IMG_1603.jpgSunday morning on my way to church, I stopped by my local Dunkin Donuts to grab a coffee and a bite to eat. As I was waiting for my order, I noticed something interesting right above the drive-through window – an LED digital display showing two numbers (100 and 119 – see the picture to the left).

As I watched the DD team prepare orders, the display on the right seemed to be counting seconds. The left LED displayed the number “100” which I guessed was the number of customers served that day. It was about 8am so that seemed right. The store opened at 4:30am so they were serving about 28 customers an hour. Each customer took about 2.14 minutes to serve.

Once the car at the front of the line received their order and pulled away, the second LED display reset to 60 and started counting again. That meant the next car in line had been waiting 60 seconds since placing their order. 

I thought this was pretty interesting. The management of Dunkin Donuts must think the time it takes to deliver an order is pretty important. It’s so important that DD has built a system to measure it. The more orders they can push through the more money each DD franchise can make, but HOW MUCH more?

I am sure that DD is reviewing this number on a weekly, even daily basis. If this metric/KPI drops too low, the management works with the team to adjust. They spend time digging into their processes so they can shorten the time it takes to fulfill an order.

Is this really a BIG deal? Let’s do a little math…

Here are my assumptions (feel free to push back on any of these)

  • The busy time for DD is between 7am and 8am so let’s focus on this one hour period
  • The average order is $6.00 (a coffee and a bacon egg and cheese on an English muffin)
  • The average time to fulfill and order is 120 seconds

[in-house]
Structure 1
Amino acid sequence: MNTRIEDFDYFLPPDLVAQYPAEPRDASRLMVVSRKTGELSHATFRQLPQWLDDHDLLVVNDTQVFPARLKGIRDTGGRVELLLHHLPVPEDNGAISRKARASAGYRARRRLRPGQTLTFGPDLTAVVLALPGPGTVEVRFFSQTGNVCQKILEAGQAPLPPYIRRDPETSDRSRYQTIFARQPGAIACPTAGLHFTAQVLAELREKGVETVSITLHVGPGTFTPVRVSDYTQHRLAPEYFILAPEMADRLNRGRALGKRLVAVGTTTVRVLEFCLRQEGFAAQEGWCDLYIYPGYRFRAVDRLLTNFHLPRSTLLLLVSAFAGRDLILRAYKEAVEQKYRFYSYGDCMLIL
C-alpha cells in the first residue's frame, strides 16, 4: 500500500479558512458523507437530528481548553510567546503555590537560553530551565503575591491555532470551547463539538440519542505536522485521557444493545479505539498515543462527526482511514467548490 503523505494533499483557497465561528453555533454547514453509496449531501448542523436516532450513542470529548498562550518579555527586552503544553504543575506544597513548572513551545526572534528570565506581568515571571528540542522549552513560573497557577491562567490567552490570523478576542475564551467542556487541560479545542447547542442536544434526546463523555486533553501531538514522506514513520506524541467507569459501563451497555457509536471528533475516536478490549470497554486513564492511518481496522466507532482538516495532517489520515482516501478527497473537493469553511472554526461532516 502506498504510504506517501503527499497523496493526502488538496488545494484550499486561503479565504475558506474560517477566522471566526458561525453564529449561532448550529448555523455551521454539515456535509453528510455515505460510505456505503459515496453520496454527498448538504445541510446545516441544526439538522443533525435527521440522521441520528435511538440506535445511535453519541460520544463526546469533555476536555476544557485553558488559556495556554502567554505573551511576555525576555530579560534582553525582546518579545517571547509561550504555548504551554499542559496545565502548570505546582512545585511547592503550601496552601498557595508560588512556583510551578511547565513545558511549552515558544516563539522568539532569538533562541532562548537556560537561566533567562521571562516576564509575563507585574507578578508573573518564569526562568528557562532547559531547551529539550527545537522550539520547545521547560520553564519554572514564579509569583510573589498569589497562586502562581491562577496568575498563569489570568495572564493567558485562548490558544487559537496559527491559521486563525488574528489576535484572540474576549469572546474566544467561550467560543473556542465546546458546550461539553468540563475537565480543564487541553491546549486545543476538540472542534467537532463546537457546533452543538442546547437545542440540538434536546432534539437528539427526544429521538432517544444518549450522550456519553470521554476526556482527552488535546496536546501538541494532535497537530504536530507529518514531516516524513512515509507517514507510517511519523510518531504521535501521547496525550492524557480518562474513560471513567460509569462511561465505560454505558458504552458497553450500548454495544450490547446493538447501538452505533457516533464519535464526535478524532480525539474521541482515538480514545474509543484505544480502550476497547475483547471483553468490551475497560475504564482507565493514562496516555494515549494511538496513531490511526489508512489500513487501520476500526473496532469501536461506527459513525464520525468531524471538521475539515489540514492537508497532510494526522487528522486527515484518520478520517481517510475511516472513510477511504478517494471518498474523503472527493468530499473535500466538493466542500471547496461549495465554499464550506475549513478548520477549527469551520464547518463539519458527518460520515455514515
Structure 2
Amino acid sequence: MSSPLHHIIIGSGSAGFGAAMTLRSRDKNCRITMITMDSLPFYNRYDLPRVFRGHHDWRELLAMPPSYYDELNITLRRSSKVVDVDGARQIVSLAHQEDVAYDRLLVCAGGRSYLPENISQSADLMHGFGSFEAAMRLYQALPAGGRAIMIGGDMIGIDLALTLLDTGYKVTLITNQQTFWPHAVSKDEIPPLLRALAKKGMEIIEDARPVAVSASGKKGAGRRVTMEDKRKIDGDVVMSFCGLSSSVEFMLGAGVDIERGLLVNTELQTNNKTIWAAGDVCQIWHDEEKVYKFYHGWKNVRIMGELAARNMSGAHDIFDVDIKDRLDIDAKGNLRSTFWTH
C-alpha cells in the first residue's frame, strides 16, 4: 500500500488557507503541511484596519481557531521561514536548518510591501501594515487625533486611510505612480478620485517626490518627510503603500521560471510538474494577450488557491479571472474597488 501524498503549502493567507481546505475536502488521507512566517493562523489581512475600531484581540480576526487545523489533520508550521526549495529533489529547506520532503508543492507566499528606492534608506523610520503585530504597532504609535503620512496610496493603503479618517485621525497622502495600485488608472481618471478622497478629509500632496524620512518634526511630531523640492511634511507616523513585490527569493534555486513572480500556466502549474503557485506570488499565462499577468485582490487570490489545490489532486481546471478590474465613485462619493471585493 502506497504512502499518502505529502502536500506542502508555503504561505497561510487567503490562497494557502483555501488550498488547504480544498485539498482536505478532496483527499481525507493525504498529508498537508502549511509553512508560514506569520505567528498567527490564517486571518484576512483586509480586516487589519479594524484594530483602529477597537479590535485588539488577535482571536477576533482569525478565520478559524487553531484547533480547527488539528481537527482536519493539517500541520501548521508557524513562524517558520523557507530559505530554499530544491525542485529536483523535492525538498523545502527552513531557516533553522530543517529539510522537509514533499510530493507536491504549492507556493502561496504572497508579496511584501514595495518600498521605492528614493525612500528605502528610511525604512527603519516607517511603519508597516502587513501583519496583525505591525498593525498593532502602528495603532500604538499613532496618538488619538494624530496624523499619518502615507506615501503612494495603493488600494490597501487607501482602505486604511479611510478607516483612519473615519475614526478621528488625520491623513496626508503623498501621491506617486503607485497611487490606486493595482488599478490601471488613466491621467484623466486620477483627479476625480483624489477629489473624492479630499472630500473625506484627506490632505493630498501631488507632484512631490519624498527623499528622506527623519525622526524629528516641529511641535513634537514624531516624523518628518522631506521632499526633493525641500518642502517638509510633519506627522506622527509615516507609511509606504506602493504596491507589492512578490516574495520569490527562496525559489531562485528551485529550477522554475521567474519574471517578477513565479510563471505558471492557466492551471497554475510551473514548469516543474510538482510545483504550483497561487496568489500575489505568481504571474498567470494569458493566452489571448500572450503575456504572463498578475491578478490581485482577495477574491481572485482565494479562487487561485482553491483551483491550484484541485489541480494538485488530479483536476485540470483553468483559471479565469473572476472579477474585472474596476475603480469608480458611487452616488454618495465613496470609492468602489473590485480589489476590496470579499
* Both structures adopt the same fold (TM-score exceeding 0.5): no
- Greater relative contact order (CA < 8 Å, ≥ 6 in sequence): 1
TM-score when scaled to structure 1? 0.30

This means if DD drive-through employees can fulfill 30 orders per hour, DD will make $180 in revenue.

What if they could shorten the time it takes to fulfill an order from 120 seconds to 90 seconds? That would mean they could fulfill 40 orders or generate $240 in revenue per day. If the team could optimize that 1 hour period every day for a year, that’s an incremental $21,900 per year! That’s for just optimizing that 1 hour! WOW!

Here’s the math:

current state – 30 orders * $6 * 365 days = $65,700

future state – 40 orders * $6 * 365 days = $87,600

What else could the employees do to generate more revenue?

What if the DD employees were trained to up sell each customer by $1? What impact would that have?

current state – 30 orders * $6 * 365 days = $65,700

future state – 40 orders * $7 * 365 days = $102,200

How could DD really engage their employees in the improvement process?

What if DD let their employees know the goals? And what if DD gave their employees a piece of that incremental revenue? What it the employees could optimize 2 hours out of the day? That would result in $73,000 in incremental revenue! DD could “afford” to give those employees a healthy bonus and still be ahead of the game.

Don’t think measuring the right things in your business can have a huge impact? This one DD franchise just increased their revenue by $73,000 by measuring one thing – the right thing and optimizing it.

But I don’t own a DD franchise…

But I don’t own a DD franchise you say. My business is different you say. I guarantee you that there is a process in your business that could be optimized, either by increasing the revenue generated by the employees you have OR by reducing the cost and thereby increasing your profit. Dig deeper. It all starts with tracking the correct metrics.

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